Monday, April 11, 2016

Snowy Cleanup

Yours truly with one of my board members, Kathleen
Every year since 1970 when my conservancy was founded, we have sponsored a volunteer cleanup of the banks of the creek flowing through my preserve.  In fact, the cleanup is our organization's largest annual event, usually drawing upwards of 100 volunteers who spend two hours hunting for trash and who then return to the headquarters for lunch.

This year's cleanup was last Saturday, April 9.  As the date approached, the weather forecast quickly began to deteriorate, with calls for a wintry mix of wet snow turning to rain.  Yuck!

When I awoke on Saturday morning, the skies were overcast but there was no precipitation falling.  Would we be spared?  However, 45 minutes before the start of the event, I heard on the radio that snow was falling to our west and, sure enough, when I went out to help prepare, snow had moved into the area.

Nevertheless, we did not call off or postpone the event, and about 60 volunteers reported for duty.  I led my group down to the creek (a 10-minute walk), where we forded the stream to get to an island that is always a hotbed of trash.  This year was no exception.  The creek splits at the head of the island and floodwaters push all sorts of debris up onto the point where the stream divides.  Most of the flotsam is woody, but it also contains all the detritus of modern life - especially plastic bottles and polystyrene.
A "before" picture of trash embedded in woody debris (volunteer at right)
My group's most impressive finds included one natural item (a large, partially decomposed snapping turtle) and one unnatural (a mannequin's arm).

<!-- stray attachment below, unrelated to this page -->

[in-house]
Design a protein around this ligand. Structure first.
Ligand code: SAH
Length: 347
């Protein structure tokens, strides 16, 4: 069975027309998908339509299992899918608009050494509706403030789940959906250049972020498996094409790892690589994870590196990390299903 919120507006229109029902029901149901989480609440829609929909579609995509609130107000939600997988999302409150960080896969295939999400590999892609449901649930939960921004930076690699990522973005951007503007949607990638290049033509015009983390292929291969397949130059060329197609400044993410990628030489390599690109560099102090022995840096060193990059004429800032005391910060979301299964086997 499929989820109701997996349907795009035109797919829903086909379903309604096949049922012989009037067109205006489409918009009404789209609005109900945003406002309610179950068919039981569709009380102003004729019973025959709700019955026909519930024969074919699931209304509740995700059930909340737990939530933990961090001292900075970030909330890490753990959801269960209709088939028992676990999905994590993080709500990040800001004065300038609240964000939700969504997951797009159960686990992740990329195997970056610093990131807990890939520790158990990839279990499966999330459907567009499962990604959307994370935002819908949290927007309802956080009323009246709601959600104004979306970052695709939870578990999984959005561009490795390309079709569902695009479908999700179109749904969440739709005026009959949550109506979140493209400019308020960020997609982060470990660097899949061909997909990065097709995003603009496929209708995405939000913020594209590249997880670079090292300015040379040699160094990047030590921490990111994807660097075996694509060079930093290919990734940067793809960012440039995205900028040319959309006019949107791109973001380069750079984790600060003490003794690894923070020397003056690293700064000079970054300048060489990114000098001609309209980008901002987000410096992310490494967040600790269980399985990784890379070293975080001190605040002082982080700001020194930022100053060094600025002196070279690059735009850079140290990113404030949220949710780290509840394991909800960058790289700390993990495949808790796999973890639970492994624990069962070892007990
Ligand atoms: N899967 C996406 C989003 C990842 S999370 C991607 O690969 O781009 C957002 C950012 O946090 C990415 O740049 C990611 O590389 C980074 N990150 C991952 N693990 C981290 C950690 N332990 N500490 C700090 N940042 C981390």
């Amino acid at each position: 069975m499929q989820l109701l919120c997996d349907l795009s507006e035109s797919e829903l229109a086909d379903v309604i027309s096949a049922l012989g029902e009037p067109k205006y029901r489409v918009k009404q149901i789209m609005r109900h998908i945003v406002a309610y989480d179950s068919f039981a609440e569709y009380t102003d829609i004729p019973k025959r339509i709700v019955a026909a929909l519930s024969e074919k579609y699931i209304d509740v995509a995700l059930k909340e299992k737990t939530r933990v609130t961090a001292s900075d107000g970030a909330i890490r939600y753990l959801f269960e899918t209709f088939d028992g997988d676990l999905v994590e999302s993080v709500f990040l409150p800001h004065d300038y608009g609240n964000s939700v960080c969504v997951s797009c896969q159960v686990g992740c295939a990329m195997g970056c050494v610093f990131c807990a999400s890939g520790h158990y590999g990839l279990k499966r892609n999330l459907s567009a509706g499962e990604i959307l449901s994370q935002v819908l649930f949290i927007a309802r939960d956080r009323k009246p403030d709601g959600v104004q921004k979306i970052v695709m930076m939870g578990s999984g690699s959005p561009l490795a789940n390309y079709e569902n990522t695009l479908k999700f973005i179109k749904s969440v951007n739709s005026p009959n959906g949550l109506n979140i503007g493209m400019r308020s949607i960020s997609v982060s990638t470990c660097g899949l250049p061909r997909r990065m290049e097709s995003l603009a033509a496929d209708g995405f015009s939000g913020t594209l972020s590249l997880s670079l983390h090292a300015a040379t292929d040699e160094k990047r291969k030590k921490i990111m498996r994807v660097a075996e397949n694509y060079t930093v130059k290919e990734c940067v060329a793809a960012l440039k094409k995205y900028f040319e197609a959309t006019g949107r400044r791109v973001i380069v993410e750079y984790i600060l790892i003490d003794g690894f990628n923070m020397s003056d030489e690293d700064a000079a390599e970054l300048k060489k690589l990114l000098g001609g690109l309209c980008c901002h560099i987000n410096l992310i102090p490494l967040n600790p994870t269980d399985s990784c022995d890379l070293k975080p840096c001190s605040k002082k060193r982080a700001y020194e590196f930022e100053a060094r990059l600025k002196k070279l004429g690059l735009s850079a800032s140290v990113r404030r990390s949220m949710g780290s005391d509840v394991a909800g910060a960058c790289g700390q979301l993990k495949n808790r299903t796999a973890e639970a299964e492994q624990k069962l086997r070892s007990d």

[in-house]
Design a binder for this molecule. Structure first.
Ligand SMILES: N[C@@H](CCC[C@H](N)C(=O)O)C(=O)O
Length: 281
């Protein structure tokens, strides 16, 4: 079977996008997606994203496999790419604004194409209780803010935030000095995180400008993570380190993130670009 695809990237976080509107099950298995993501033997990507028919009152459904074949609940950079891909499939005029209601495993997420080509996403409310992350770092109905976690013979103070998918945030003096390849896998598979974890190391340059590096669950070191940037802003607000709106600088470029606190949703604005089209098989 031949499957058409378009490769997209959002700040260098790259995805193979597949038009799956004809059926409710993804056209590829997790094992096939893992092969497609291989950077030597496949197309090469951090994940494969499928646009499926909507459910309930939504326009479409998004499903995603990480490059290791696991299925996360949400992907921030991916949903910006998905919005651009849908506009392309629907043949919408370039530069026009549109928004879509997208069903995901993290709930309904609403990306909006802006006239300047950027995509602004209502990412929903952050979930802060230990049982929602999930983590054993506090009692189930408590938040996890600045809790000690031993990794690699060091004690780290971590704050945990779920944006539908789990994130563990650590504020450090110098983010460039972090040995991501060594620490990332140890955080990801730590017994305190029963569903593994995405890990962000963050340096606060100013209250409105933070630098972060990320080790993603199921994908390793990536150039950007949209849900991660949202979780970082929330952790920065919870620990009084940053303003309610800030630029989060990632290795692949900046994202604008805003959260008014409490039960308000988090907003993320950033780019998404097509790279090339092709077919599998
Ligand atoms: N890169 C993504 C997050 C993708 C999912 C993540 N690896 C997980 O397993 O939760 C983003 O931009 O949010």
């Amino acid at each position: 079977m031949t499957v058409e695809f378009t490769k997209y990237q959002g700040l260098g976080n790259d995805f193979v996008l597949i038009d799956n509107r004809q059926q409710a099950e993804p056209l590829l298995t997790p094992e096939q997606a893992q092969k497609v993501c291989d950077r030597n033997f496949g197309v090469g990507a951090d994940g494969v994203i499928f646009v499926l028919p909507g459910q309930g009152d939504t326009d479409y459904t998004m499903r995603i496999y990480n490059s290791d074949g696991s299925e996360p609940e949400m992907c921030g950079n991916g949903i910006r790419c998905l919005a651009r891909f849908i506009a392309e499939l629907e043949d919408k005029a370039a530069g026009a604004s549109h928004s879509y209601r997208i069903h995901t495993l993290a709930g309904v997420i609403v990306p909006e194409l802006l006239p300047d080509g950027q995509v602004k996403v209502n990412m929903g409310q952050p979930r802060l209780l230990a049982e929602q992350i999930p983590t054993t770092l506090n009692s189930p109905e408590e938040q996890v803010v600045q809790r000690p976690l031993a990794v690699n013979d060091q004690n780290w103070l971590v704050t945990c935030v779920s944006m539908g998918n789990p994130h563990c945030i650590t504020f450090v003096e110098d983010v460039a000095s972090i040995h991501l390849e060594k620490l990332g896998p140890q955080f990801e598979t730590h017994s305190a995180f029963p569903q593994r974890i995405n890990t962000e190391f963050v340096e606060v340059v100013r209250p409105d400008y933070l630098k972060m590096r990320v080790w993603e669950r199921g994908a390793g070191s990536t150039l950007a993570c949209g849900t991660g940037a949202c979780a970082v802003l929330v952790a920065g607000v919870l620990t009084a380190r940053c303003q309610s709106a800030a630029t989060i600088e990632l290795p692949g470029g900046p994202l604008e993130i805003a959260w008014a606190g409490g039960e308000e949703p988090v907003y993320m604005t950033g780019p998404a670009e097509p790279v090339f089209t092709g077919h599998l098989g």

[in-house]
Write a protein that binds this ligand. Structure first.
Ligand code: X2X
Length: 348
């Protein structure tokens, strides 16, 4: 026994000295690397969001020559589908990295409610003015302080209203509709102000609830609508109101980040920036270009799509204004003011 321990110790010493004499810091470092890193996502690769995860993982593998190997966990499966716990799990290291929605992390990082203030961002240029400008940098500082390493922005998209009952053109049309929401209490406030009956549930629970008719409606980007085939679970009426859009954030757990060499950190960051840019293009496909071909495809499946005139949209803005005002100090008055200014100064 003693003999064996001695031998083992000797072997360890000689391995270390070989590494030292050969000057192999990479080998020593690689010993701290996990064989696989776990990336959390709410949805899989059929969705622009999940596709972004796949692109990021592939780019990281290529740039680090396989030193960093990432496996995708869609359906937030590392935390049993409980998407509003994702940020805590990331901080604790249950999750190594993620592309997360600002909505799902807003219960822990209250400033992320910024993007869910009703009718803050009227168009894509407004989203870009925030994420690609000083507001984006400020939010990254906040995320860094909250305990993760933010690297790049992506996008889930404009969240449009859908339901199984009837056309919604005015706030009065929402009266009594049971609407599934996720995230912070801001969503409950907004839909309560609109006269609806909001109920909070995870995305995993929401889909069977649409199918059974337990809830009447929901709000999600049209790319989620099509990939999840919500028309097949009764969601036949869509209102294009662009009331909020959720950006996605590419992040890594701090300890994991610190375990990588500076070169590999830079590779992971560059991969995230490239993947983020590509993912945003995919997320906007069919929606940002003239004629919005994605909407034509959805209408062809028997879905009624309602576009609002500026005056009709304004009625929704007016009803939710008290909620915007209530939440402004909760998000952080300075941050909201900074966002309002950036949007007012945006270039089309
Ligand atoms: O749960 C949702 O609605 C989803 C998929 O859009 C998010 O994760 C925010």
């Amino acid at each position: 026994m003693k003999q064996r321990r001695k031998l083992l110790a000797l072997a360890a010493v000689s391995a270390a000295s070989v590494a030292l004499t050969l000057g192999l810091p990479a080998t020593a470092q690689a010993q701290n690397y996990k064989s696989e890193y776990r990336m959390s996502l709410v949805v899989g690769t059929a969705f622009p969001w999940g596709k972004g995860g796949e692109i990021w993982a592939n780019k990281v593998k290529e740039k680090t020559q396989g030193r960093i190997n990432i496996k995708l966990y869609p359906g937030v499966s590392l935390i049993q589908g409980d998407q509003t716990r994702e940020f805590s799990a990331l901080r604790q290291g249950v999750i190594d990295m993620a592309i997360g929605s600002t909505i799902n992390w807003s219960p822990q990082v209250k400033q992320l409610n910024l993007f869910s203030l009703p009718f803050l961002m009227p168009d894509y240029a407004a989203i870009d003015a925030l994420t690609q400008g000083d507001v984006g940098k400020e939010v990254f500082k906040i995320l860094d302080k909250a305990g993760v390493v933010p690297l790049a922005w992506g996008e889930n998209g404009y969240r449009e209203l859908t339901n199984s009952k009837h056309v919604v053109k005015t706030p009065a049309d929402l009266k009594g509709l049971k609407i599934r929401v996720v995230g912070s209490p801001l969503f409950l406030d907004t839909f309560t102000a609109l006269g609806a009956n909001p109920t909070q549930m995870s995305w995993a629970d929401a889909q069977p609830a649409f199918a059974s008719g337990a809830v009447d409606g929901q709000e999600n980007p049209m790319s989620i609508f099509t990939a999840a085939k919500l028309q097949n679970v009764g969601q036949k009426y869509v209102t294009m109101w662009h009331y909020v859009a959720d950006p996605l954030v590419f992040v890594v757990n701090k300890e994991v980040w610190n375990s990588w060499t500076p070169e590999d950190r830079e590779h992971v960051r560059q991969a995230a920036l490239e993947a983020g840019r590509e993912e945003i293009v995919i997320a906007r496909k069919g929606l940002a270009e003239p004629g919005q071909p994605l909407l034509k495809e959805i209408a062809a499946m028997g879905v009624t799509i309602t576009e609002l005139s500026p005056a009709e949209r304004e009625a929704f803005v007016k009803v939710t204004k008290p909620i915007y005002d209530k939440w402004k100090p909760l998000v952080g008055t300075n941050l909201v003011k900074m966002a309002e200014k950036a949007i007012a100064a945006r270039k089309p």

Over the 28 years I've helped with the creek cleanup, it's interesting to note that we hardly ever find aluminum cans any longer (formerly a significant part of the trash collected).  Are more people recycling, or are the cans valuable now?
We decided to call ourselves the Drowned Rats
In any case, though we were wet, all of us had a good, rewarding time despite the weather.  Cleaning up trash is really satisfying.


robin andrea said...

A wonderful way to spend a snowy Saturday. Pretty impressive to have so many people show up and pitch in. I have been thinking lately that Roger and I should volunteer during beach clean-ups here. You have definitely inspired me. Thank you!

Scott said...

Robin Andrea: There's hardly anything I do in my job (other than killing invasive plants) that gives me more satisfaction than cleaning up the creek each year. It's great when you can see your accomplishments--instant gratification!

By the way, polystyrene (Styrofoam) should be banned! There is more polystyrene of every shape, size, color and description in the creek than any other material. It's insidious, and it breaks up into smaller and smaller pieces. Here endeth the lesson.